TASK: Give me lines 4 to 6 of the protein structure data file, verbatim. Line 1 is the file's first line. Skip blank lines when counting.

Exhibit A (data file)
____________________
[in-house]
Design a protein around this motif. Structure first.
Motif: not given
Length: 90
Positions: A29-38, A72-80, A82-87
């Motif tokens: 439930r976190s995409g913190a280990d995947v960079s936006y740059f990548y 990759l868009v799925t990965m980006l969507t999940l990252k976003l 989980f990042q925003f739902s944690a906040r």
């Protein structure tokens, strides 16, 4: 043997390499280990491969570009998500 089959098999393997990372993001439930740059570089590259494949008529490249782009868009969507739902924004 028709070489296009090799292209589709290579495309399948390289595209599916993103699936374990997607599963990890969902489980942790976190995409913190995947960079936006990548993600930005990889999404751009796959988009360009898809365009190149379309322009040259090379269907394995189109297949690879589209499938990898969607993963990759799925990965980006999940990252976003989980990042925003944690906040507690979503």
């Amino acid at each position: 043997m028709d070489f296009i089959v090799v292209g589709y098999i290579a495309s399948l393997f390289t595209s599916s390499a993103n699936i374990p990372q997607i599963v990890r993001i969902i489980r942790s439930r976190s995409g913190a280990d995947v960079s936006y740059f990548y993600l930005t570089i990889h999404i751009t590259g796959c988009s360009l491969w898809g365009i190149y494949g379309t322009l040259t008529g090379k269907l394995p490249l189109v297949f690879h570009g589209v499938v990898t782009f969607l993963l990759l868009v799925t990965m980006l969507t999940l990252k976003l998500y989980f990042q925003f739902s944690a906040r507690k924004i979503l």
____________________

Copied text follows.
Length: 90
Positions: A29-38, A72-80, A82-87
């Motif tokens: 439930r976190s995409g913190a280990d995947v960079s936006y740059f990548y 990759l868009v799925t990965m980006l969507t999940l990252k976003l 989980f990042q925003f739902s944690a906040r």